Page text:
One thing I would have liked to see (which is present on the EVA GTX 465) is the PCI-E power connectors mounted on the top of the card instead of the end. Having the on the top made for much easier connection. However, the short length and subsequent easier connecting almost makes up for "this little oversight".
Below is a size comparison vs the two compare cards, an EVGA Geforce GTX 465 and a Sapphire Radeon HD 5830. As you can see, the GTX 460 is positively tiny in comparison.
Up Next - Test System
AMD Phenom X3 720 Black Edition at 3.6ghz (200x18, 1.5v)
Cooled by Arctic Cooling Freezer Pro 64
Asus M3A Motherboard (Socket AM2+) with 1105 BIOS
EVGA Geforce GTX 260 SC 1 GB
EVGA Geforce GTX 265 SC 1 GB
Sapphire Radeon HD 5830 1 GB
4 GB (2 GB x2) G-Skill DDR2-800 RAM at stock timings
Western Digital Caviar Blue 250 GB hard drive
Memorex 16x DL DVD-RW drive
Sound Blaster Audigy 2 ZS
Antec Earthwatts 650 W Power Supply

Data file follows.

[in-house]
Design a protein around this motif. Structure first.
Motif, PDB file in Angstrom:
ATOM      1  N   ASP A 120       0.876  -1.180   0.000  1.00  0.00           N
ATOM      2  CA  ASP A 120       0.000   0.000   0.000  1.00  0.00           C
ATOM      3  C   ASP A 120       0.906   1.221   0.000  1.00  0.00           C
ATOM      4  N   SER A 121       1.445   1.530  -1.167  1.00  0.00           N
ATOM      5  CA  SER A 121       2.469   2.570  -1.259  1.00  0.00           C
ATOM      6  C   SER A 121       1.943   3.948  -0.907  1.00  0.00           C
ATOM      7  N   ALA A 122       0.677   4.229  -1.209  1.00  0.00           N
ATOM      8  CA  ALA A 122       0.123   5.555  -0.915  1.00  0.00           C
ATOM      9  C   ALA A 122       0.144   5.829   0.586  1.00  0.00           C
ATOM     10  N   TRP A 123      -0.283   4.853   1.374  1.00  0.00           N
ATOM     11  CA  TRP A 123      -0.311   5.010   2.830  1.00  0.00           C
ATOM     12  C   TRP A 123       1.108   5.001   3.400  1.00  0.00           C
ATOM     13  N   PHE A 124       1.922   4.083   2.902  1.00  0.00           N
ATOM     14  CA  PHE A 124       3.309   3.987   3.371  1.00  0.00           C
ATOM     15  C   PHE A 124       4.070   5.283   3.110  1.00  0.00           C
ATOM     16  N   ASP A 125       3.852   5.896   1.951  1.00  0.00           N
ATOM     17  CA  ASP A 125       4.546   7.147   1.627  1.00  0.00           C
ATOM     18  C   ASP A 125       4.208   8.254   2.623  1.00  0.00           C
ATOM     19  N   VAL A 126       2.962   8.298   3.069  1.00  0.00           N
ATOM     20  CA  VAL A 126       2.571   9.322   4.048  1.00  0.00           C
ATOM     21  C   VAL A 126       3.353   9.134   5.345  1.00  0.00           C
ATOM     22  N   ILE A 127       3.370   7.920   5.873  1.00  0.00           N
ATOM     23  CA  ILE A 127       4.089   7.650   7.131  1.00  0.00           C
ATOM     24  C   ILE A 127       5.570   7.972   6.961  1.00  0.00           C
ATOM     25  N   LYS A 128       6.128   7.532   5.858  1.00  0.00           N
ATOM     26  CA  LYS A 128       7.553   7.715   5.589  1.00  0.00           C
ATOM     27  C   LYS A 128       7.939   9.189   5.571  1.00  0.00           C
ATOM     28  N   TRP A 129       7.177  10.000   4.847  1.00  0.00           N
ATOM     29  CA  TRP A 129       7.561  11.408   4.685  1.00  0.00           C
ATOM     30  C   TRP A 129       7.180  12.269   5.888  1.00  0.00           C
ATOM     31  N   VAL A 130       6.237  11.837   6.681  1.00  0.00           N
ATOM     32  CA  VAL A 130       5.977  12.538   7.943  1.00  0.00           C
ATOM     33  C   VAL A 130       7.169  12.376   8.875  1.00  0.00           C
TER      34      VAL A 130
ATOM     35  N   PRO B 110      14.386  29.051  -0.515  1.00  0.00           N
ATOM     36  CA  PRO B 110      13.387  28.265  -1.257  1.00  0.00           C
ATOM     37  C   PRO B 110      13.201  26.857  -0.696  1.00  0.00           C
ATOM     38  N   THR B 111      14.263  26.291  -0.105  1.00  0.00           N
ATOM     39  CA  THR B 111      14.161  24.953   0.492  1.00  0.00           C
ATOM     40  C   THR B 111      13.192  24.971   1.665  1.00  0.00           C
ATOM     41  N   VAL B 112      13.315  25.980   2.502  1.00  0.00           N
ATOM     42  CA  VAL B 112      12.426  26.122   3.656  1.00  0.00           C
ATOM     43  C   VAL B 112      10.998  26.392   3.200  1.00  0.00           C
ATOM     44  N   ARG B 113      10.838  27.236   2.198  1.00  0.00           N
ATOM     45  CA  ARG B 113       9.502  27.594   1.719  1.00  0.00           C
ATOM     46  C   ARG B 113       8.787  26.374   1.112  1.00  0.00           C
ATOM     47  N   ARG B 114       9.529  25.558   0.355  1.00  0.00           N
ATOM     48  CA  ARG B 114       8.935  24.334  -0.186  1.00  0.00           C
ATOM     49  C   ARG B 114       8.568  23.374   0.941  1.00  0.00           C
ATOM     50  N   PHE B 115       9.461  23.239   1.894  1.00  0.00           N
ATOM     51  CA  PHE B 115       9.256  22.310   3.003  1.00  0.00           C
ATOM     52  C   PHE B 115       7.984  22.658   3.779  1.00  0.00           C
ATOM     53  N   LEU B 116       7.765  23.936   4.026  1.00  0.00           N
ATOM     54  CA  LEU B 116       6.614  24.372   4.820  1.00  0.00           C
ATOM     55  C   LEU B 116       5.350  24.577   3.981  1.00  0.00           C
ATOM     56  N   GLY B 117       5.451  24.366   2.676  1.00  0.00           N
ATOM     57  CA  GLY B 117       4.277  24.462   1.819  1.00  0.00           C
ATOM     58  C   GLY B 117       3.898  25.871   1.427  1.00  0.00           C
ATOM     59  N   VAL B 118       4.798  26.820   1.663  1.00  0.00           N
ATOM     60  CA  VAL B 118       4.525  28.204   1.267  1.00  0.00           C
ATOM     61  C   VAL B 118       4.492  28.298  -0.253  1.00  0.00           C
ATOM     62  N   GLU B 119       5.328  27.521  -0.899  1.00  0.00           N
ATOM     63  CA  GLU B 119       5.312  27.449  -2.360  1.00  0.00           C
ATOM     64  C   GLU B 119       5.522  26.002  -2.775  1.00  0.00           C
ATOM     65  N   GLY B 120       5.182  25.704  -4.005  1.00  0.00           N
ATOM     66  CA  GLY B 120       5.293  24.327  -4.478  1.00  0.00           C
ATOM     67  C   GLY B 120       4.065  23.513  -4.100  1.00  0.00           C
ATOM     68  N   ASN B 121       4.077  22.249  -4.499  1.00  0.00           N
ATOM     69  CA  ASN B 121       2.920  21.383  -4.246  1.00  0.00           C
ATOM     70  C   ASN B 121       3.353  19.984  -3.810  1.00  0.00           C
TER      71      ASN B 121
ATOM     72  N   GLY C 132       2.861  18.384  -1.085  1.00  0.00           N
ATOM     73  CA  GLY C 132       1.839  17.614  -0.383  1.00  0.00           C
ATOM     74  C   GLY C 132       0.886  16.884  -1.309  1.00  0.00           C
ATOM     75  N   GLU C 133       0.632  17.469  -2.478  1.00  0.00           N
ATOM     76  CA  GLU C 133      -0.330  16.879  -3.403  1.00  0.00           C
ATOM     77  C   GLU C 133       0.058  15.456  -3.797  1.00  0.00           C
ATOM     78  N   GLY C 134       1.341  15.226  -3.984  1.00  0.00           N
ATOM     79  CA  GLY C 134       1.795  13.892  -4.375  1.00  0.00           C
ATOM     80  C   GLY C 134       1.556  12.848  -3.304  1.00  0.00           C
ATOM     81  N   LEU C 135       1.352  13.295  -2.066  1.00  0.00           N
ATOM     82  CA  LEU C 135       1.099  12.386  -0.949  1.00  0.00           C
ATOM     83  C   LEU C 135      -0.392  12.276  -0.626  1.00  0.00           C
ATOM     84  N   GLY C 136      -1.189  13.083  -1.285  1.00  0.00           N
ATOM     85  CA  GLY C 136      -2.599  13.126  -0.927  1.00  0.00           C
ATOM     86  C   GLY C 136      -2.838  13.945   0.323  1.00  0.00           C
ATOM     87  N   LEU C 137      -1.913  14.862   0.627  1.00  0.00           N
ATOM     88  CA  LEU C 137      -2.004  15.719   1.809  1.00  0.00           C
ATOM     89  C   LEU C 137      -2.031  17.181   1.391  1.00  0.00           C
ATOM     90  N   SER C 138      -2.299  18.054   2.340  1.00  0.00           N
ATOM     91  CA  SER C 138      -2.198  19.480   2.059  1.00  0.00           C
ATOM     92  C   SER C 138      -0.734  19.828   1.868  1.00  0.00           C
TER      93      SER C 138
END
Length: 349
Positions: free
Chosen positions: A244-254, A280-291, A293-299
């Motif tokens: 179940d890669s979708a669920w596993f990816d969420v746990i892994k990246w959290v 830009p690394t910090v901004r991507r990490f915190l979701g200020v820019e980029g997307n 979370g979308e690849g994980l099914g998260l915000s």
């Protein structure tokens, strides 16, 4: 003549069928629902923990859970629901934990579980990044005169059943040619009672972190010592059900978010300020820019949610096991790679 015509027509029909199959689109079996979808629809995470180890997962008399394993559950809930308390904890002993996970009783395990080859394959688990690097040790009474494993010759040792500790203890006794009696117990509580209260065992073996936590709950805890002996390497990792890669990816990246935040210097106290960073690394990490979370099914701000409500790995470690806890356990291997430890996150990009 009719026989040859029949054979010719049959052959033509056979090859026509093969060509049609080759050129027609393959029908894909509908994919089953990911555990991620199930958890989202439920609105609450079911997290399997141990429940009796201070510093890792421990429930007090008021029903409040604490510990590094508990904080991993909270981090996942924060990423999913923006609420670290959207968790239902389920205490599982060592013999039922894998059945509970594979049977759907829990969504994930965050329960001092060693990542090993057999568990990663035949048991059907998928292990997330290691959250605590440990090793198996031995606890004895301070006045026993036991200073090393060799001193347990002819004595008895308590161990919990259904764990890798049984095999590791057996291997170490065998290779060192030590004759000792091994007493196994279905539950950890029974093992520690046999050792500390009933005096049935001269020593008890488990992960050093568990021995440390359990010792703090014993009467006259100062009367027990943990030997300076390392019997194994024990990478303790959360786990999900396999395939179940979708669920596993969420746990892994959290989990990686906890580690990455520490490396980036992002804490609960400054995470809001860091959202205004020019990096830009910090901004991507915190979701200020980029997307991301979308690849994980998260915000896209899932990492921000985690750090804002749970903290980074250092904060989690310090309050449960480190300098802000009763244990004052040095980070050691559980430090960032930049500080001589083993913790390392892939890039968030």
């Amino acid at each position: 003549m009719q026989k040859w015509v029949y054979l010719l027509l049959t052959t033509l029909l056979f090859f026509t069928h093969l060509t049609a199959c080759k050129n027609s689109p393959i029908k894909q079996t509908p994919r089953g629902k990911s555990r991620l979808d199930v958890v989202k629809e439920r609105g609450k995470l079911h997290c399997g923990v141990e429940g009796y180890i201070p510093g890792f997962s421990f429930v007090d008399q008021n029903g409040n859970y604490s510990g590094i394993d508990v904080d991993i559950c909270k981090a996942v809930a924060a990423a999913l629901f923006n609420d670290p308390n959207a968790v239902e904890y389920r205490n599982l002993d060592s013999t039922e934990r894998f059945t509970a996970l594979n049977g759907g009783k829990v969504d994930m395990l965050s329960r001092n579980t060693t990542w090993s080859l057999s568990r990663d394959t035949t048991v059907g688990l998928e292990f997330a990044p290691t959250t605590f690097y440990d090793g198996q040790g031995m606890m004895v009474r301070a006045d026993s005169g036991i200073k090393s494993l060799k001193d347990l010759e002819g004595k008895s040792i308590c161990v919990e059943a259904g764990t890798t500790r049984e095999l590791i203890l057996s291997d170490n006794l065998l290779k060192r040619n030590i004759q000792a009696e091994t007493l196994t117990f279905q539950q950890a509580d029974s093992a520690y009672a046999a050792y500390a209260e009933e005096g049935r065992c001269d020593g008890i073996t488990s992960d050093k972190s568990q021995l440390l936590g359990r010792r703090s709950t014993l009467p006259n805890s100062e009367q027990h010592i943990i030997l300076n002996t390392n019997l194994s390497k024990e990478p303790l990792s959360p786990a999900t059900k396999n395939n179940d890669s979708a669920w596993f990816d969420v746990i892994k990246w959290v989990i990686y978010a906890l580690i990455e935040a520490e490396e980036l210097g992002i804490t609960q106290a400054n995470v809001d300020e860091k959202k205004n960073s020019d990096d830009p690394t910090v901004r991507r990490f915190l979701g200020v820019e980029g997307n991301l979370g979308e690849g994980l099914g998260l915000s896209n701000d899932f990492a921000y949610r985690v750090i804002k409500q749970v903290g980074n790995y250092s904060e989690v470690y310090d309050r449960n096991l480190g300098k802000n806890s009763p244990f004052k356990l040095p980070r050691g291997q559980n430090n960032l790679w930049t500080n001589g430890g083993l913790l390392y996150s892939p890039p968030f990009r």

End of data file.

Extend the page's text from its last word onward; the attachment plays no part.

Sunbeam Tuniq 3 case
Samsung B2430H 24" 1080p LCD Monitor
Windows Vista X64
NVIDIA Forceware Driver version 258.80 BETA
ATI Catalyst Driver version 10.6
Unlike most recent reviews, I am NOT equipped with a crazily-overclocked Core 2 Quad or i7 system. I represent the performance and entry-level enthusiast segment with my system. It may be nice to know what a GPU can do wiht zero CPU limitation, but that does NOT translate properly into real usable performance information for people with Athlon II x3/x4's, the Phenom and Phenom II x3, x4 and x6 users, and those with Core 2 Duo or non-overclocked Core 2 Quad and i3/i5 systems. These systems are not bleeding edge (except for the x6, although its gaming performance isn't bleeding edge), but thy have the capability to allow great performance from the video cards installed in them. I'd have to say that the minimum system you'd want to put the EVGA GTX 460 in would be an older Phenom x3 8600 (2.3ghz). With anything slower, a better price to performance ratio can be met with a less expensive card due to the CPU limitation.